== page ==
Sunday, December 24, 2006

Women I used to meet at the nursery school gates 10 years ago are on their second marriages now: new homes, new living arrangements, children in the role of step-children, some with new siblings by blood or by arrangement. I meet them at Christmas parties, invigorated and glossy with news. We find different common ground: work and the demands of teenage sons or daughters. We swap solutions on dealing with drinking, sleepovers and the imposition of rules. We attempt to remember how we behaved and move on, not really wanting to admit to our own pasts and the many, imaginative ways we sidestepped parental authority.

Then we slide into comfortable nostalgia. How easy it seemed, despite the terrible tantrums our children threw as they began to articulate themselves into this seaside city, always offset by the wonderful dreams they shared with us, the eccentricities they displayed on the bus or in cafes.

At the Tarnerland nursery Christmas party, parents and children were welcomed by Cherry, the head, in a tutu, wings and roller skates. Cherry was one of the most inspiring and instinctive teachers I have ever met. She allowed my son to live in a lion suit for an entire term, understanding his need to roar. She allowed my daughter to slip into the nursery kitchen with Margaret, the cook, to bake biscuits. The nursery garden epitomised summer. I wonder if there is a nursery that adults could go to when they need to rediscover that freedom?

More nostalgia at another Christmas party that I went to with Fred where Alan was sat in a chair in the front room, suited and smart as usual, opening the inside pocket of his jacket to show us his embroidered name. So we talk of the seventies and early eighties, the pubs and the gigs, the people we were, the people we've lost track of. Becoming more sentimental as mulled wine worked its spicy way through the blood.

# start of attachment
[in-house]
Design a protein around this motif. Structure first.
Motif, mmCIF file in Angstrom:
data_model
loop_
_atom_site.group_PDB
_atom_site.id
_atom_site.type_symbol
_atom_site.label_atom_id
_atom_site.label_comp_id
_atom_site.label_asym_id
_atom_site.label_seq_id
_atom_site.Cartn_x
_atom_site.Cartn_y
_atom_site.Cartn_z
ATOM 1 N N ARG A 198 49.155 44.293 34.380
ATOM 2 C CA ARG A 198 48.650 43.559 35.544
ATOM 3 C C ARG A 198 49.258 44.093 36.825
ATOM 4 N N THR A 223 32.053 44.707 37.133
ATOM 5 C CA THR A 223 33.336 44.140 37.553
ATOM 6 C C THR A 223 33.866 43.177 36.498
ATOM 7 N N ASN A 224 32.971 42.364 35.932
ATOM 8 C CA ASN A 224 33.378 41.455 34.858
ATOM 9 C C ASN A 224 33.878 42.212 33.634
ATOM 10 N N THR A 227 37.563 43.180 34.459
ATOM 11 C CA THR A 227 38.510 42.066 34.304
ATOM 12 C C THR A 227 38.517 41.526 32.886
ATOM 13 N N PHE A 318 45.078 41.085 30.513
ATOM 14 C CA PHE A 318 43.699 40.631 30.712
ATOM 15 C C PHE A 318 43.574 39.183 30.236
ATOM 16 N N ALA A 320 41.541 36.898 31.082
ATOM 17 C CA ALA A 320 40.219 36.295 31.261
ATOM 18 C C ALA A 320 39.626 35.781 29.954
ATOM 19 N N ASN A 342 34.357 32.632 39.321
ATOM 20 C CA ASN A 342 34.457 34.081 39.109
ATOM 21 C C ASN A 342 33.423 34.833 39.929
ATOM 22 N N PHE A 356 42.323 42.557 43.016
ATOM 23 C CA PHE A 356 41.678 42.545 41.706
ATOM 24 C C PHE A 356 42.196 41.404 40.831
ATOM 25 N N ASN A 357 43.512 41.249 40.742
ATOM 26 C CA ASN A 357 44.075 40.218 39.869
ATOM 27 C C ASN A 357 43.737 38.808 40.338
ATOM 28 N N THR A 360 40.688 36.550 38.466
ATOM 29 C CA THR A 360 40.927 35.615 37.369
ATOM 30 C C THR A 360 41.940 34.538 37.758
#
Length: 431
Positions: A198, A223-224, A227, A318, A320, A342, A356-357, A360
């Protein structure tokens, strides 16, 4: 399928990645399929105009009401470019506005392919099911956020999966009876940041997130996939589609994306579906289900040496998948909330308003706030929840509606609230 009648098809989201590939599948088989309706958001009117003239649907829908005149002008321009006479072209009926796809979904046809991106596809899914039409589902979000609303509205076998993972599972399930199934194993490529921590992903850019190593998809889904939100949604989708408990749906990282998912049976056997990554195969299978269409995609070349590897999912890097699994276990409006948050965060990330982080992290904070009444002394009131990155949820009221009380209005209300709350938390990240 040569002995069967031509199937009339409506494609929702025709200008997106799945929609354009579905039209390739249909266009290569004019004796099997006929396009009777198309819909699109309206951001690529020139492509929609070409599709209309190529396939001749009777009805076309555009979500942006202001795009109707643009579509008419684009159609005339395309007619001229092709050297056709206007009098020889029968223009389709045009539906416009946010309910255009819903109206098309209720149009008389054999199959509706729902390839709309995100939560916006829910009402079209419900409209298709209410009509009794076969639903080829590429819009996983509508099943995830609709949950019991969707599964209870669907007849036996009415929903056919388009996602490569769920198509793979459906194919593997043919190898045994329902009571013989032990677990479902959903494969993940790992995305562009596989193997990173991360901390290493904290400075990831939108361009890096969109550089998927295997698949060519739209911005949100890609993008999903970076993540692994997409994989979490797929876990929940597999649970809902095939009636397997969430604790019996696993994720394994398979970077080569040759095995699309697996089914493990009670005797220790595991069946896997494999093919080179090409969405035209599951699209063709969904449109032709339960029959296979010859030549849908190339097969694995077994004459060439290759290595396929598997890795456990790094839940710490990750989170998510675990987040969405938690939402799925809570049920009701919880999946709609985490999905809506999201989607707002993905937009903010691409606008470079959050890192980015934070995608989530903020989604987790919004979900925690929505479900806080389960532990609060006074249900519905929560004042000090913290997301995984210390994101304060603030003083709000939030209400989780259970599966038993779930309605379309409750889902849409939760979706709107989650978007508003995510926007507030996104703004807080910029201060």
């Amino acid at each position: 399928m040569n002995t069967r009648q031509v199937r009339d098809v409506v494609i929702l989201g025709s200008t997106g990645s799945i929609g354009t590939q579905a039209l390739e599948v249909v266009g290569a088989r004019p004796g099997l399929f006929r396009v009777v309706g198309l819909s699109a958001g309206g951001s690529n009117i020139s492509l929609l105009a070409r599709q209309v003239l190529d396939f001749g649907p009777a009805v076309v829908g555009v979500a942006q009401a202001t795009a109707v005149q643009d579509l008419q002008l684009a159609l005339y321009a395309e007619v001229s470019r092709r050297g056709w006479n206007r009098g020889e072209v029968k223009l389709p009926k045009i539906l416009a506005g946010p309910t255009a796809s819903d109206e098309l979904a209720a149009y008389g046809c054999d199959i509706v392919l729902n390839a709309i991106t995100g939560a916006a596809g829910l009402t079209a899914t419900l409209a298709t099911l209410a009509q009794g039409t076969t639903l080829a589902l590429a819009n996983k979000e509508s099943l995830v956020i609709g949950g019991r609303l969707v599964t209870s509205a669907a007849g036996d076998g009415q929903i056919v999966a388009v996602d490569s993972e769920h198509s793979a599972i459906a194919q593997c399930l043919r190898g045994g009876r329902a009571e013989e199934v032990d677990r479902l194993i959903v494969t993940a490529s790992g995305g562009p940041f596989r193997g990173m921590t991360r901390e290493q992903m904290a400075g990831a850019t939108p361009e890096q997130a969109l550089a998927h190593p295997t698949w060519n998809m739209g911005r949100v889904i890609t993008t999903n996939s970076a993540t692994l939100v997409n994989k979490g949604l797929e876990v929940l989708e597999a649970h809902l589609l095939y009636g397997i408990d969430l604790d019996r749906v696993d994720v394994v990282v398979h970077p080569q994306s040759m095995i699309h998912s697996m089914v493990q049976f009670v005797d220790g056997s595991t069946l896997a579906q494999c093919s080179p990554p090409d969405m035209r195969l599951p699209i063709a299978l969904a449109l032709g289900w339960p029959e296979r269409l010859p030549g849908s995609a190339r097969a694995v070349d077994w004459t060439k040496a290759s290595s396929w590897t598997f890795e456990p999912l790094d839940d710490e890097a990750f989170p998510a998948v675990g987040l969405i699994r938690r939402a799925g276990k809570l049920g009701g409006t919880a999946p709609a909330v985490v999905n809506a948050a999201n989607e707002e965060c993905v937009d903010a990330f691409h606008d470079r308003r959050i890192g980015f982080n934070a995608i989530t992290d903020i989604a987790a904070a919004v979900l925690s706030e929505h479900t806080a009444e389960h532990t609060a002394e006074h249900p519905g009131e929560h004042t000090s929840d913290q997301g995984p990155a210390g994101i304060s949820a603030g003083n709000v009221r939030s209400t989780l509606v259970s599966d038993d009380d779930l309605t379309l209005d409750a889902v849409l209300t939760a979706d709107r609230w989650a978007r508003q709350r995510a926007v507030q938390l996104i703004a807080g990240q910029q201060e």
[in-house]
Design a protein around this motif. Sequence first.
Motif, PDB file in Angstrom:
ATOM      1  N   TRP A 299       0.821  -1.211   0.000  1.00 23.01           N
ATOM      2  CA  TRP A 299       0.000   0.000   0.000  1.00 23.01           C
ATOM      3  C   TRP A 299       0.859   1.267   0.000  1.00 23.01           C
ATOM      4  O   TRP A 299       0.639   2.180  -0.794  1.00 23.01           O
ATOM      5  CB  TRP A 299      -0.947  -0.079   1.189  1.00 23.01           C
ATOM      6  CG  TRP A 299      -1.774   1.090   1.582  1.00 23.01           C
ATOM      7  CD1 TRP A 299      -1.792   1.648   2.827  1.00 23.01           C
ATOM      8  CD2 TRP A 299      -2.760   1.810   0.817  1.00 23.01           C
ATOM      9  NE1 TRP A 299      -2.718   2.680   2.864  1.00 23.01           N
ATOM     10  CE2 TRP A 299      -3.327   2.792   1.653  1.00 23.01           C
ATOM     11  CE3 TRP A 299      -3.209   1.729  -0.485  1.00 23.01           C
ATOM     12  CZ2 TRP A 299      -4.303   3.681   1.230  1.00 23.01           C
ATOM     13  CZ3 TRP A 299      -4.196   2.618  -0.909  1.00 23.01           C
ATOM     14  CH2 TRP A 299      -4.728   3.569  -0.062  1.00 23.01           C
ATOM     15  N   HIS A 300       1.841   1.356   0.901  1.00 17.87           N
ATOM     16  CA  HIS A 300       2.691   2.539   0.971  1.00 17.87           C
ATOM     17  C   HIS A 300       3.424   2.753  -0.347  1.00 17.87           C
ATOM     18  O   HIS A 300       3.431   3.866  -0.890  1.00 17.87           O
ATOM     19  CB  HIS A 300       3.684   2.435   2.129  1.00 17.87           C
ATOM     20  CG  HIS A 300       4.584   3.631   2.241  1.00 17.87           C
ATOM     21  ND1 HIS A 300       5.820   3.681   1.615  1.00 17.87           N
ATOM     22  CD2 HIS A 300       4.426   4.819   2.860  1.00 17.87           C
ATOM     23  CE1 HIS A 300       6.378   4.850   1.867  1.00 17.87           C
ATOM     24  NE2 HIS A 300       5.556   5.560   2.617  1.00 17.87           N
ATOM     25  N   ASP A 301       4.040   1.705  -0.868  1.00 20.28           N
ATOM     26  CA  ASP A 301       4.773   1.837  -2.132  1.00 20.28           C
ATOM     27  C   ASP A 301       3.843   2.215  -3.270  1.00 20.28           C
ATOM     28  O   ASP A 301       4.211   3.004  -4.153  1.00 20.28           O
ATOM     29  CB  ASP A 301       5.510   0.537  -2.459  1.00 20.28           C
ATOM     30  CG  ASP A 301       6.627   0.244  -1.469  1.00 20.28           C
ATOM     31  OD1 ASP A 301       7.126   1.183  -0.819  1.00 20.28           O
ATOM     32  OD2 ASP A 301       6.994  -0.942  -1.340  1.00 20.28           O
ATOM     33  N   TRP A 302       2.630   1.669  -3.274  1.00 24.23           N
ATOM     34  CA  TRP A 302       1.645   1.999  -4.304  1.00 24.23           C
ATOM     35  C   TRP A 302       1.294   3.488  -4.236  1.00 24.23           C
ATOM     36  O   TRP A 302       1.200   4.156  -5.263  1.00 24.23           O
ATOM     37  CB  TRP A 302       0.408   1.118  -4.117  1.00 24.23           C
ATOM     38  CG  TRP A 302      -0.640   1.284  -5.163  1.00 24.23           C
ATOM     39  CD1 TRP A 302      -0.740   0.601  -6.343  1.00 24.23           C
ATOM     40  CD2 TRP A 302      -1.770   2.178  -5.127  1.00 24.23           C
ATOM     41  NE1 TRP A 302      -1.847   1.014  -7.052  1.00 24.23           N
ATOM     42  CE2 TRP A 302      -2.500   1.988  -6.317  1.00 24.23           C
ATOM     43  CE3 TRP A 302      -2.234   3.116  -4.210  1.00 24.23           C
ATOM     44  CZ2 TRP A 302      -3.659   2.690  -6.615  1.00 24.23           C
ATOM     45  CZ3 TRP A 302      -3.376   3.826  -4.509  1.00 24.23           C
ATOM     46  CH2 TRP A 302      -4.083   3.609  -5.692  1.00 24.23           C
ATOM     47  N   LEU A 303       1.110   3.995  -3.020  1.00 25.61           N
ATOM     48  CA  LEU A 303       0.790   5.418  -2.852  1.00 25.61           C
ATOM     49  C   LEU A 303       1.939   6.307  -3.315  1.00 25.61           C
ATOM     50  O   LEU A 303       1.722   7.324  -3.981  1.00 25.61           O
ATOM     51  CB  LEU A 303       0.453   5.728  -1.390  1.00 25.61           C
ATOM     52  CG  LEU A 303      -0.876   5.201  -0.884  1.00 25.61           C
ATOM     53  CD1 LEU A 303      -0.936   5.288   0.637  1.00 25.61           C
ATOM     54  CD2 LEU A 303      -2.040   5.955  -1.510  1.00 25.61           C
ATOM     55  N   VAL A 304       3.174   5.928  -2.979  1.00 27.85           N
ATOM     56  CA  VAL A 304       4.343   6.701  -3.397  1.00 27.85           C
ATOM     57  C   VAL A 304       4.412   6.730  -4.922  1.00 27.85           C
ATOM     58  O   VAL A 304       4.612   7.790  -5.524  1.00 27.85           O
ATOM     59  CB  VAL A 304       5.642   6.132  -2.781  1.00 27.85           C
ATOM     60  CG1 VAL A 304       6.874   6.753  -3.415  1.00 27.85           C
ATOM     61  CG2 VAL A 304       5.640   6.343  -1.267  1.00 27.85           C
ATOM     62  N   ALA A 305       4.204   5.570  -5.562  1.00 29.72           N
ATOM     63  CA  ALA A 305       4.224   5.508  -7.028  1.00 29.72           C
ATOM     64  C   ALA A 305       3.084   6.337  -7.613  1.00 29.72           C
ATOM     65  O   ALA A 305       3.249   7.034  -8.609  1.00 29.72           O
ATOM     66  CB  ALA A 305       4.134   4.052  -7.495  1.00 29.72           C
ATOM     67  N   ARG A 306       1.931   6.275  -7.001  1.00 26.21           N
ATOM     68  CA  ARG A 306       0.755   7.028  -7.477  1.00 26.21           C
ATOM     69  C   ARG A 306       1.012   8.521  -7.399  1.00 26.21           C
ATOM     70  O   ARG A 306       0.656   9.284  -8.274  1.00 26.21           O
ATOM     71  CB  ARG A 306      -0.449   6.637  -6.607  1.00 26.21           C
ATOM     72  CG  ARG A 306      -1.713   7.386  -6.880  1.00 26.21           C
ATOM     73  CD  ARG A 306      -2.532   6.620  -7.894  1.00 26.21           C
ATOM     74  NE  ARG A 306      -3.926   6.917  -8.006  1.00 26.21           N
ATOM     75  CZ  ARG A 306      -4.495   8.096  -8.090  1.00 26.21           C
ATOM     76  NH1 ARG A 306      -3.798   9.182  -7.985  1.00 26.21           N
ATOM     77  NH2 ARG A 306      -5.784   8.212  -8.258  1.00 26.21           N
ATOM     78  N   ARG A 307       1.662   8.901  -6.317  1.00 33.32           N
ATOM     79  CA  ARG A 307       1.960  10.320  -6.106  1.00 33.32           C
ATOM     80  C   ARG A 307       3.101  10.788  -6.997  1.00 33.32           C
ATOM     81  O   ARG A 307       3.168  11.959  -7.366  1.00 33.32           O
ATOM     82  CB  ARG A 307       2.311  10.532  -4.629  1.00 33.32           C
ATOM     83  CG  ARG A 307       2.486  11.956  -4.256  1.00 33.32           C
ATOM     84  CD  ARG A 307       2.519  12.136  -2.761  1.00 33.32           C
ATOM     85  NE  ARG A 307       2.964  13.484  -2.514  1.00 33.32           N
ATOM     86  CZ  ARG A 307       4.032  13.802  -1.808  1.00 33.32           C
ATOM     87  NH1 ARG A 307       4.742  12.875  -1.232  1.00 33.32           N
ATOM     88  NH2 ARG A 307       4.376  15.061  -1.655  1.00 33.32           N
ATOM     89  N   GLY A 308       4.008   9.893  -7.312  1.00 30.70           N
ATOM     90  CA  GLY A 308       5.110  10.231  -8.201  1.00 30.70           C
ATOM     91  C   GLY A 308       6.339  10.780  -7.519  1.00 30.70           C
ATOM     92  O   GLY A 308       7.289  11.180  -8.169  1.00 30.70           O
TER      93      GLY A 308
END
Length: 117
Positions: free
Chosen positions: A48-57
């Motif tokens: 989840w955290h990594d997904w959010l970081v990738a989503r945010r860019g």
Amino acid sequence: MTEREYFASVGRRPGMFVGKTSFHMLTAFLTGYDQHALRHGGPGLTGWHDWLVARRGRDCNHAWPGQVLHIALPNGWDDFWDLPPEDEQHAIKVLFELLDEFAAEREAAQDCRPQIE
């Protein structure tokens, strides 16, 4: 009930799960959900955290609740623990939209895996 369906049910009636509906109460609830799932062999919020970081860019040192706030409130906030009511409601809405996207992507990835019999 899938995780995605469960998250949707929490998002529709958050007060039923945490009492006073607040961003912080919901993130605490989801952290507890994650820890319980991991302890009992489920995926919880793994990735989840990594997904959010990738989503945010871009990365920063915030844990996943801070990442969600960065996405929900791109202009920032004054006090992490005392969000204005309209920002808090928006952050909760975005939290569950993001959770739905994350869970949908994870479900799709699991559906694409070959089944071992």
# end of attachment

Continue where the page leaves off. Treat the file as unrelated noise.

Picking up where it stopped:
The year's turned. Yesterday I saw another woman from those old days (so many of us moved to Brighton), walking along Lewes Road. I recognised her amazing hair, long, thick and blond, and in town saw a red net skirt in a shop that reminded me of parties in Guildford, the skirt that I made in net with lace on top. How it's now in a case on top of my wardrobe, together with a maroon tafetta cocktail dress, a leather mini-skirt, polka dot trousers that I used to wear for Sunday afternoons at Dingwalls in Camden Lock and a linen trouser suit I wore to Jane's wedding.

To Be Worn Again is a shop in Brighton selling retro clothes. I browse the rails, touch fabric just like the dress I wore to my first school disco, psychedelic angles and swirls, a front zip with big gold ring. That print like a balldress my mother had, my inadequate memory of it, but an impression of enormous, full petalled blooms, its gathered skirt, scoop neck.

It's interesting, too, trying some of these clothes on, to notice how many of them are home-made. Tailored to fit, the hems, poppers, hooks and eyes, hand stitched, the skirts lined. There are darts for the busts, no scratchy labels to irritate your neck, the seams are finished properly.

I used to make clothes. I learned from watching my mother, then properly at school with Sister Short, who called me Smiler and allowed us to make skirts not much wider than belts only after we'd mastered the skills of darning and mending sheets, sewing nightdresses and french seams.

I've made shirts for two men I've lived with, hats too, for both of them. I've made dressing gowns for my children and dressing up costumes from action figure to Elizabethan lady. It's a while since I've made anything for myself but I remember the pleasure of working in a fabric shop, having every Saturday to run my hands over the rolls, to appreciate the quality of Liberty varuna wool or the best quality fine cotton print. During that job, in 1973, the three day week meant the shop was lit by candles. Amazingly we stayed open and sometimes even sold stuff.

For a few moments of aided nostalgia there's a retro website:
which also briefly reminded me of driving to Winchester with my parents, Mungo Jerry on the radio, the summer of 1970, and the Queen's Silver Jubilee celebrations in Portsmouth in 1977. I left home in 1974 to do my degree at Portsmouth poly and spent 1975-1976 in Caen at the university there, coming back to drought. My student years ended in 1978 - the winter of discontent, Patti Smith's amazing Because the Night, Talking Heads' Psycho Killer and the raucous long-lived party tune YMCA.

All that and the year's not even officially over yet. But long nights, parties and resurrecting the past, must follow as inevitably as hangovers follow red wine.

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